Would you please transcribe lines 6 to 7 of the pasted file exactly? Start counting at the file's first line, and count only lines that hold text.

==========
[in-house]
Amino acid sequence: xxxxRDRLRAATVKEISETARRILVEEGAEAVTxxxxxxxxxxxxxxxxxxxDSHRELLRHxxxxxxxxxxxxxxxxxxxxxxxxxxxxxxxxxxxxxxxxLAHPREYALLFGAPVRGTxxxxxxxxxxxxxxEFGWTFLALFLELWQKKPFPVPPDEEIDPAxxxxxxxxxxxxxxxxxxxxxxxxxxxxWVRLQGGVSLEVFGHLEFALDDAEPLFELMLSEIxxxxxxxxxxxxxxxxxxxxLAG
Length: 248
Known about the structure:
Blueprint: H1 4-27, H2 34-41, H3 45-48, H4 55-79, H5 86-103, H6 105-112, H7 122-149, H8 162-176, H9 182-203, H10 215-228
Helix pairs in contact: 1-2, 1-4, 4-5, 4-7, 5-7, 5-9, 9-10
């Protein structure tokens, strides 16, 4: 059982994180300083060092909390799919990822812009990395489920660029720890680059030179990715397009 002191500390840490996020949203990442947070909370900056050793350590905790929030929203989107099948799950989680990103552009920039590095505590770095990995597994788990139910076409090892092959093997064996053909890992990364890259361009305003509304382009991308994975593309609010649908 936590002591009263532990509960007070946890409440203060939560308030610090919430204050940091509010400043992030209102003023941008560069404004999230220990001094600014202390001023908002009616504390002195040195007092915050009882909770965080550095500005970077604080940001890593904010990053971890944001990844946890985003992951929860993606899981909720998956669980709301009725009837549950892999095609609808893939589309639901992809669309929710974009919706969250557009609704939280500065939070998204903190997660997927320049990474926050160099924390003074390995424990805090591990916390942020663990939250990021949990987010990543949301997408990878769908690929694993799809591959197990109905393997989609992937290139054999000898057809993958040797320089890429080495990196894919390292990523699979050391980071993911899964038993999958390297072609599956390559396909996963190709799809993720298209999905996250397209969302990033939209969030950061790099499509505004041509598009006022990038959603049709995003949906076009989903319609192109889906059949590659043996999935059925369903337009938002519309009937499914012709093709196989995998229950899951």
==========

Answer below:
Helix pairs in contact: 1-2, 1-4, 4-5, 4-7, 5-7, 5-9, 9-10
């Protein structure tokens, strides 16, 4: 059982994180300083060092909390799919990822812009990395489920660029720890680059030179990715397009 002191500390840490996020949203990442947070909370900056050793350590905790929030929203989107099948799950989680990103552009920039590095505590770095990995597994788990139910076409090892092959093997064996053909890992990364890259361009305003509304382009991308994975593309609010649908 936590002591009263532990509960007070946890409440203060939560308030610090919430204050940091509010400043992030209102003023941008560069404004999230220990001094600014202390001023908002009616504390002195040195007092915050009882909770965080550095500005970077604080940001890593904010990053971890944001990844946890985003992951929860993606899981909720998956669980709301009725009837549950892999095609609808893939589309639901992809669309929710974009919706969250557009609704939280500065939070998204903190997660997927320049990474926050160099924390003074390995424990805090591990916390942020663990939250990021949990987010990543949301997408990878769908690929694993799809591959197990109905393997989609992937290139054999000898057809993958040797320089890429080495990196894919390292990523699979050391980071993911899964038993999958390297072609599956390559396909996963190709799809993720298209999905996250397209969302990033939209969030950061790099499509505004041509598009006022990038959603049709995003949906076009989903319609192109889906059949590659043996999935059925369903337009938002519309009937499914012709093709196989995998229950899951």